Perhaps the bill's 50 percent coverage requirement could serve as a safe harbor while permitting employers to demonstrate that other coverage levels are appropriate, given the competitive needs of their particular industry and the demographics and needs of employees.

And, again, we would be delighted to work with you, Mr. Chairman, to develop those concepts.

Let me close, Mr. Chairman, by thanking you, Ranking Member Andrews, and the other Members of this Subcommittee, for your dedication to promoting the use of stock options for American workers. APPWP embraces the positive vision of the American workplace that H.R.3462 represents, and we look forward to working with you to enact new incentives that will extend stock benefits to many more working Americans.

With these steps, we can maintain, and even accelerate, today's exciting trend toward broad-based employee stock ownership.

Thank you, and I would be pleased to answer any questions at the end.






Chairman Boehner. Thank you. Mr. Byland?




Mr. Byland. Good morning, Mr. Chairman, and Members of the Committee. I thank you for the opportunity to testify before you today, and I am pleased to testify on the benefits of stock options for employees and to encourage you to expand the availability to others.

I appear before you today not as an expert in employee compensation law, nor as a tax expert, but rather a hard-working senior sales executive for a leading Internet video streaming company, INTERVU.

First, to put this into context, I would like to tell you something about our company. INTERVU provides web site owners and content publishers with the services for the delivery or streaming of live and on-demand video and audio content over the Internet. INTERVU's streaming media services are used for entertainment, news reporting, corporate communication, investor relations, and distance learning.

Over 70 percent of the most heavily trafficked web sites with streaming content use INTERVU. These include sites such as CNN, NBC, Microsoft, Turner, Excite@Home, and even the House of Blues. INTERVU has recently agreed to be acquired by Akamai.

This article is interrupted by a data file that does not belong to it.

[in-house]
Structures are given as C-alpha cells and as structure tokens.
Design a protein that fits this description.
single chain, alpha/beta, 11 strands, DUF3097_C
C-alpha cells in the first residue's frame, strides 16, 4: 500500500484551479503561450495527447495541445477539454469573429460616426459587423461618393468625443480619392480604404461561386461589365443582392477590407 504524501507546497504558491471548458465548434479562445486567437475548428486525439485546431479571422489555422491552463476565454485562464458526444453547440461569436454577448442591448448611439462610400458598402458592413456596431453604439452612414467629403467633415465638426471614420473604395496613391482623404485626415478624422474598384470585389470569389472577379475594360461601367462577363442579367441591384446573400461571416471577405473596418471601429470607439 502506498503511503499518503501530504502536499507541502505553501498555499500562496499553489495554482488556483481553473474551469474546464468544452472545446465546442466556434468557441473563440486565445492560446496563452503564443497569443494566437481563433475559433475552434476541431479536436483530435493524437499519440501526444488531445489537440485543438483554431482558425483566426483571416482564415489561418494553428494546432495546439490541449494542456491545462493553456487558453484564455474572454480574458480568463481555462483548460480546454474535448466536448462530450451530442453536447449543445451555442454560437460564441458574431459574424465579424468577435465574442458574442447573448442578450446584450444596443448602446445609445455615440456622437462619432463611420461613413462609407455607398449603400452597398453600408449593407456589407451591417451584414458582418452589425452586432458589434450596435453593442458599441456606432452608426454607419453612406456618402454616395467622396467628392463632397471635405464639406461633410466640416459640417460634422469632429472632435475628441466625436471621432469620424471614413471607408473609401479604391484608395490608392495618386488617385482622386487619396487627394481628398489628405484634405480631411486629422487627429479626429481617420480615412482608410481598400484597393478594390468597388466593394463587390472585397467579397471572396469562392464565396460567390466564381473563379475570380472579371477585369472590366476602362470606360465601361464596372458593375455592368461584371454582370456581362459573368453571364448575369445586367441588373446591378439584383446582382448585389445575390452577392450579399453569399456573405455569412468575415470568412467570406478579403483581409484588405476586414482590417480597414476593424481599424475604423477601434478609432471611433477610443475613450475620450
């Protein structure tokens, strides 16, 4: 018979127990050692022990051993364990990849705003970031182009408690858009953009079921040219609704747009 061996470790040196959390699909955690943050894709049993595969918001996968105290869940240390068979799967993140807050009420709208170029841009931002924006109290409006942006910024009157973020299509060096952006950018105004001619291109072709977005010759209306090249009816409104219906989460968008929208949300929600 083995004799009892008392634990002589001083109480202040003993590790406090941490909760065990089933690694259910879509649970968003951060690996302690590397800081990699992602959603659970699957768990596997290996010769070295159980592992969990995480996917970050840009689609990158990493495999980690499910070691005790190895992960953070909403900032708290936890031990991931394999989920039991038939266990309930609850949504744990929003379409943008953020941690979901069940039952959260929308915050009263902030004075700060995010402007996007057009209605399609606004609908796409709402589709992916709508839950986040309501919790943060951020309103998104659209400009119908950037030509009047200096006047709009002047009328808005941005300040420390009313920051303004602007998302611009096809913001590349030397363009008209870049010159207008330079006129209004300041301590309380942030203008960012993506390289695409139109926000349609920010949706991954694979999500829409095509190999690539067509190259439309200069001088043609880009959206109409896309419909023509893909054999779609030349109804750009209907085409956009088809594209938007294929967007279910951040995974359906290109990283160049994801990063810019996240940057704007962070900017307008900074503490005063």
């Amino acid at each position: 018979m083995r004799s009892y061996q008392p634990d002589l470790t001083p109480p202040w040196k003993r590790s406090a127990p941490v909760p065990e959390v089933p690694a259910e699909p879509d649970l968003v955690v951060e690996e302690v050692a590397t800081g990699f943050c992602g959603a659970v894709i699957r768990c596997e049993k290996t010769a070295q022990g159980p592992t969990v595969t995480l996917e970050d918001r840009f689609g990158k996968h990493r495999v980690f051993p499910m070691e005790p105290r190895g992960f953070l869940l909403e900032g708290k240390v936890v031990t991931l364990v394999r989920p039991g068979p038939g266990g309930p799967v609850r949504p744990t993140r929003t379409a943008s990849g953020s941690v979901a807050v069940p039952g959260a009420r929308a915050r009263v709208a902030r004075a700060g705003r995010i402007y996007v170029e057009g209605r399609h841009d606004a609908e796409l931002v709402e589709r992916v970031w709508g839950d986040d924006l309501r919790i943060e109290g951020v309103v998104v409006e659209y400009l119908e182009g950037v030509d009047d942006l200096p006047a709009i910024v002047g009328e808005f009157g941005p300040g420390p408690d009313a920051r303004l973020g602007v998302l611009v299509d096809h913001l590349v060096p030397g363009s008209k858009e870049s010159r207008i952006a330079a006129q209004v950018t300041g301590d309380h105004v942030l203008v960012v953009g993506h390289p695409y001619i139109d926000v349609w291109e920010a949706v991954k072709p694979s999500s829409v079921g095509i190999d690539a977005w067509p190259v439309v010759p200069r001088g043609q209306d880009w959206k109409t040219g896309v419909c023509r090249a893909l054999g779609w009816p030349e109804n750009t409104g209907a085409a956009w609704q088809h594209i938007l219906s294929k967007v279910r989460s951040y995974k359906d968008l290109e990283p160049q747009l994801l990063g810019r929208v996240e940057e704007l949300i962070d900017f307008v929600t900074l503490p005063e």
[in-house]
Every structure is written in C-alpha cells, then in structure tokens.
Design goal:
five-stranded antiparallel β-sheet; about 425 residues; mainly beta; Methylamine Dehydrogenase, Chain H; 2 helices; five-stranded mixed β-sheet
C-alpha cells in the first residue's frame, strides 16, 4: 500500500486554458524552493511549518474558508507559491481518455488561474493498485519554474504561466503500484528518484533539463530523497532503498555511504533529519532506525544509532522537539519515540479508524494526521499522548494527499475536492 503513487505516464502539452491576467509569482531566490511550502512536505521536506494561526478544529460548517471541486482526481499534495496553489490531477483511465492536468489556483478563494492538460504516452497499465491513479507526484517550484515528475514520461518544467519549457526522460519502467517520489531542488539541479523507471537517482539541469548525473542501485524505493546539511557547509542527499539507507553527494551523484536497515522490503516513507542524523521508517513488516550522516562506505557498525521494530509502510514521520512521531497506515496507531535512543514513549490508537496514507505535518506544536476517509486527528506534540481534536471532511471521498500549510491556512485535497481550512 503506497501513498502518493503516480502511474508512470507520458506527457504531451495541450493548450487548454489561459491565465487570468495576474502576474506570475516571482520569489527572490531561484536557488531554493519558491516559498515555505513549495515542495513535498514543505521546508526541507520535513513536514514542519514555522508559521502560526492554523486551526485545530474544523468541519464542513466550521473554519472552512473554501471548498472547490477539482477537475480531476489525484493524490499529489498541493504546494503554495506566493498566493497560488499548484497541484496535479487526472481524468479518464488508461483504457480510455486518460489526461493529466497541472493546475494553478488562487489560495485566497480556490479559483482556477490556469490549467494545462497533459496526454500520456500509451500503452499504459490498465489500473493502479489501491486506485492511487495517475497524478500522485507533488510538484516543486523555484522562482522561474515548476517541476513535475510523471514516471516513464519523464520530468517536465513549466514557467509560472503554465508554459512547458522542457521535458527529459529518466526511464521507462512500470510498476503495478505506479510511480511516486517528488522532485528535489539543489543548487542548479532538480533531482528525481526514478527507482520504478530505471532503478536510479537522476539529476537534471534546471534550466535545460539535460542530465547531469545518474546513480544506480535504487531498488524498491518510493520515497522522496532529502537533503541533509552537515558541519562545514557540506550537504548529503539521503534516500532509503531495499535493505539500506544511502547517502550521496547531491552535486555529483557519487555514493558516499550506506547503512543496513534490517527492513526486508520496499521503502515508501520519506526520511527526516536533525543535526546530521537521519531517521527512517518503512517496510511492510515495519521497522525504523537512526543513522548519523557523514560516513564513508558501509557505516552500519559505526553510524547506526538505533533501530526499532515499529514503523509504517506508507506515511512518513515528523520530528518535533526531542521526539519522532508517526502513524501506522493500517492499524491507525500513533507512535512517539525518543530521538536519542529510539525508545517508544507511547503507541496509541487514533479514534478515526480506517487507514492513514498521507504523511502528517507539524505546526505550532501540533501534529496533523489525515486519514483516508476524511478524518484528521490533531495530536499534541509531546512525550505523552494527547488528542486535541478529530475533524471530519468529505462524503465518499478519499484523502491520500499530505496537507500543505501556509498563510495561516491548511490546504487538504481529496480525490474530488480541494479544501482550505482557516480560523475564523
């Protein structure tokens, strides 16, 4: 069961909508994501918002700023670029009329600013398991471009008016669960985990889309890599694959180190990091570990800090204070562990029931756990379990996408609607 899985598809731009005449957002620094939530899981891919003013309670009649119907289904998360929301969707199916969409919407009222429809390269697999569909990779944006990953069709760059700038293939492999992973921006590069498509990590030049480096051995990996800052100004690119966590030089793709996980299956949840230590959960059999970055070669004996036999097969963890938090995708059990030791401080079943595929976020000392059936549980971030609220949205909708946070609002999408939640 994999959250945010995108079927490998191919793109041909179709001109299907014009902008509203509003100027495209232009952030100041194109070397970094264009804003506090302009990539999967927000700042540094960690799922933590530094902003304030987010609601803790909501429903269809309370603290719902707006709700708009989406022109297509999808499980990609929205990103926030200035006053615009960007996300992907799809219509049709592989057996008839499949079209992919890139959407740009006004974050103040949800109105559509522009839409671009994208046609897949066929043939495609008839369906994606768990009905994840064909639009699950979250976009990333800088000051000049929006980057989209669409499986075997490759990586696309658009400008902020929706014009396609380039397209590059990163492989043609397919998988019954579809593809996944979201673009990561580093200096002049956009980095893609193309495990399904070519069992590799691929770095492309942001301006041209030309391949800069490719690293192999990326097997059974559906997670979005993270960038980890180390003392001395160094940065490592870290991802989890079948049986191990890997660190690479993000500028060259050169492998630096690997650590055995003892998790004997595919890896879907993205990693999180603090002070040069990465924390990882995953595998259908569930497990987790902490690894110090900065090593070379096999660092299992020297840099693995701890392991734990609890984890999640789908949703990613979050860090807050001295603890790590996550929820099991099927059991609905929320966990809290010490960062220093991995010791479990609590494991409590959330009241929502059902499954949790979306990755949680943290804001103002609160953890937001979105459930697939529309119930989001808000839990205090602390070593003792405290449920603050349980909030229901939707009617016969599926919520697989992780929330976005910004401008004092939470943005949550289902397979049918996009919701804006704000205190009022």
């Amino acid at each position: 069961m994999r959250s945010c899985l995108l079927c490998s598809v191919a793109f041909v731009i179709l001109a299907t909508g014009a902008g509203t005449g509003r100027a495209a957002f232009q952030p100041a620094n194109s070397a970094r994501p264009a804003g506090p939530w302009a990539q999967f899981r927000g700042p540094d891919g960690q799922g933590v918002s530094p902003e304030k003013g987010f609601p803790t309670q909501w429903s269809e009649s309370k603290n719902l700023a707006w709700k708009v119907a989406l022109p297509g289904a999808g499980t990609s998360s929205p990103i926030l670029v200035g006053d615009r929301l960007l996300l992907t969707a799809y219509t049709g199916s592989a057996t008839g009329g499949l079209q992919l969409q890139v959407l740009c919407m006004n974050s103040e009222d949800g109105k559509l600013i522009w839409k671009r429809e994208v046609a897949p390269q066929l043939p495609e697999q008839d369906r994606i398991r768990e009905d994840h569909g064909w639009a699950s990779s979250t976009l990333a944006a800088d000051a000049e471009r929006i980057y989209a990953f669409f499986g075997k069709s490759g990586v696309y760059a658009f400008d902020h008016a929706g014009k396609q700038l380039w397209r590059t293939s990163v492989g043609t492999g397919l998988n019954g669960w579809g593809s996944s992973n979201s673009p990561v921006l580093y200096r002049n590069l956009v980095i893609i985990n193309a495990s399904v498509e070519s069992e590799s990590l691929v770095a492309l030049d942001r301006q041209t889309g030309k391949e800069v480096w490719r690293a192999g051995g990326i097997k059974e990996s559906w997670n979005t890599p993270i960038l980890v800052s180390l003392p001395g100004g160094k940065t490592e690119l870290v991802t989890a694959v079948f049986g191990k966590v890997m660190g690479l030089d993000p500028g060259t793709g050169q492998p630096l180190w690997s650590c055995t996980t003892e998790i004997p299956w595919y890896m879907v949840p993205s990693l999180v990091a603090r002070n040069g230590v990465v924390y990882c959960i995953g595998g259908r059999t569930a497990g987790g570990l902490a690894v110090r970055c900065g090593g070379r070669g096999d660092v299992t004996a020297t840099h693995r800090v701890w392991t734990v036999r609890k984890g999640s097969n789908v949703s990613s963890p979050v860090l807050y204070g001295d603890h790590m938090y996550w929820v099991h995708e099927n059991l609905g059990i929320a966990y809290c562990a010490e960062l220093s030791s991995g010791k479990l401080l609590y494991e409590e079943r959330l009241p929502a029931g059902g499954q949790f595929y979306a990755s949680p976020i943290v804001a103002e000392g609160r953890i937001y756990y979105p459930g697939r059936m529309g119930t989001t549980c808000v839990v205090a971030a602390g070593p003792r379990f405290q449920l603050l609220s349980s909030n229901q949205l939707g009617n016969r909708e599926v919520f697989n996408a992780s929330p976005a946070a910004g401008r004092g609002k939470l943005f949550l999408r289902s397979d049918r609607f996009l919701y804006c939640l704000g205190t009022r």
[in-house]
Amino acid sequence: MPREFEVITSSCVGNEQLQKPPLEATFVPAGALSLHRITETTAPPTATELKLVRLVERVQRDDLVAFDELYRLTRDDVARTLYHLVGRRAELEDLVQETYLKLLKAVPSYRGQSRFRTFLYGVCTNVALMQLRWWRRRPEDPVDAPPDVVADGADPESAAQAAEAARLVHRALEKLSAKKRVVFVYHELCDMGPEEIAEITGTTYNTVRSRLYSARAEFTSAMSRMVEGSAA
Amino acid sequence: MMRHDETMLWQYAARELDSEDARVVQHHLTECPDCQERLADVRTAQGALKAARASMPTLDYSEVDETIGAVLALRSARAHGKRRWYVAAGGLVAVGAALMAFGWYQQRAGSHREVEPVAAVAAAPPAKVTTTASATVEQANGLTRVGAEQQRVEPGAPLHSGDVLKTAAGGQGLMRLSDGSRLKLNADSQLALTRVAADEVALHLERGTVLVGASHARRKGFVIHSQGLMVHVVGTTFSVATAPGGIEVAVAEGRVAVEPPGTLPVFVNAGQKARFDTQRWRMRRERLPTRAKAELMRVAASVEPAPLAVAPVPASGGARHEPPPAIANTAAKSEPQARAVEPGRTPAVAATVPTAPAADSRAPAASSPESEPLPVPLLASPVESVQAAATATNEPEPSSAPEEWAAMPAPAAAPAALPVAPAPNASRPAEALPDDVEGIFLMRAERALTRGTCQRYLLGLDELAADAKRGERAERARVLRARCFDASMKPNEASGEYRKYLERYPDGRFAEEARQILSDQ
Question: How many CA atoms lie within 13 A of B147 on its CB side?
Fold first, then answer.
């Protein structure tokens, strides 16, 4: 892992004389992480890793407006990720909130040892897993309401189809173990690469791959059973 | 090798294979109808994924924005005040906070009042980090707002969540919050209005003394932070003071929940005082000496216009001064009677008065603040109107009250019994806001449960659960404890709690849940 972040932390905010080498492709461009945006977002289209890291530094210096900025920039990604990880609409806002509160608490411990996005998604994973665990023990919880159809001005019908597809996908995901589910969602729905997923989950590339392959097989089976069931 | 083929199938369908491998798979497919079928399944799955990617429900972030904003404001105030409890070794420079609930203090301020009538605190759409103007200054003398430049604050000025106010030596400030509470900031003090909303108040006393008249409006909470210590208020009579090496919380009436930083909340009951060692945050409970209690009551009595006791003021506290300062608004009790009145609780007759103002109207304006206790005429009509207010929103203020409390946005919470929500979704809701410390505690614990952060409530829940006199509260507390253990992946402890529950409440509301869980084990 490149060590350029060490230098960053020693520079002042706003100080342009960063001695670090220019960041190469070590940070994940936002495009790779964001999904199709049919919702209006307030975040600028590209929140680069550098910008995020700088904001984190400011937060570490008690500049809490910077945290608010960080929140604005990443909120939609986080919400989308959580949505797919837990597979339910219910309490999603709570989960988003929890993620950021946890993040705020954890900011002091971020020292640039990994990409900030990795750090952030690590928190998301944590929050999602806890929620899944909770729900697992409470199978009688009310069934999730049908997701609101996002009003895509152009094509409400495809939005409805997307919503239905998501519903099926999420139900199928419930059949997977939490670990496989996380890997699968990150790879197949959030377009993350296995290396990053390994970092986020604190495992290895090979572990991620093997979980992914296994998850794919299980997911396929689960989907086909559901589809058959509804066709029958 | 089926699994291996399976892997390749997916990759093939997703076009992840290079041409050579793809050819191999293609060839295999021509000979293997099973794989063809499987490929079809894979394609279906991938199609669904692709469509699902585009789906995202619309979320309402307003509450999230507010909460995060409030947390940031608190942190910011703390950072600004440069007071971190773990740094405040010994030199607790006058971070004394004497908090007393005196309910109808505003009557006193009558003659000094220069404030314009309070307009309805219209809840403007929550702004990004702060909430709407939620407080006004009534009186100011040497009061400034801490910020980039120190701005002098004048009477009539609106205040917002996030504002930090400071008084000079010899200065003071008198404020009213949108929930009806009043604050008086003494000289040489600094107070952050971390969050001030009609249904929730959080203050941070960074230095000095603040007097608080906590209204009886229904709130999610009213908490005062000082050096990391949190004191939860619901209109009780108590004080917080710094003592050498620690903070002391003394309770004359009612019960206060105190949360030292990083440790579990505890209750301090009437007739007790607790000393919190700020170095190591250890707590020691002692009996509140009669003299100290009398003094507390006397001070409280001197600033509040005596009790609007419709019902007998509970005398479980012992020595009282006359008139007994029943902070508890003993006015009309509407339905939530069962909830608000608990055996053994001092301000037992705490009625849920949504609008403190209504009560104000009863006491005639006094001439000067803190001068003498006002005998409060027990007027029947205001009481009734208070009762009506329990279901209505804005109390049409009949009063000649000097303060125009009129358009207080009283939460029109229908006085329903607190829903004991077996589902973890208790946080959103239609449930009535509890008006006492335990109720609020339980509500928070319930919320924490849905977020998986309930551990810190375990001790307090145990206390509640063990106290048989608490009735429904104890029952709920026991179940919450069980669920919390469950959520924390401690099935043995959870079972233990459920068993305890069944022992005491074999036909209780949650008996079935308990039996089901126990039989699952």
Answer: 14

It is my hope to some day see hearings such as this one readily available live and on-demand on the internet using INTERVU's network, and also archive the information in many formats and get a perpetual benefit for the information stored, dramatically increasing the return on the investment.

Think about all of the issues, large and small, that you deal with every day here on the Hill. Imagine being able to take testimony, ask questions of witnesses via the internet, and imagine being able to archive all of the proceedings on this issue, or on education reform, into a publicly available database.

Now imagine the student researching today's issues or even an important historical figure such as George Washington. Within a few keystrokes, all of the information developed over the years becomes searchable and streamed into his computer within seconds.

The job of sales that I do for INTERVU, I could do just as easily for Bethlehem Steel, Merrill Lynch, Xerox, or any other member of a good public company with a well-developed and well-compensated sales program. Before joining INTERVU, I was a Regional Sales Manager with Teligent, the premier wireless company in telecommunications. My sales team was the number one team in our region, well over 300 percent to budget, as we always exceeded our goals and were recognized as innovative and hardworking.

Prior to that, I was a Senior Sales Executive for Bell Atlantic. I was, again, number one in sales in the company, setting records of sales, product rollouts, and revenues. I have always looked at success as an outcome, not a goal. All one needs is a flawlessly executed plan on a day-to-day basis to succeed.

In addition to the excitement of working for an industry leader, one important reason I decided to work for INTERVU is that part of my compensation is stock options. The principal difference between the old economy and the new economy is that the new economy embraces a new way of doing business. Fundamental to the new economy is the offering of stock options.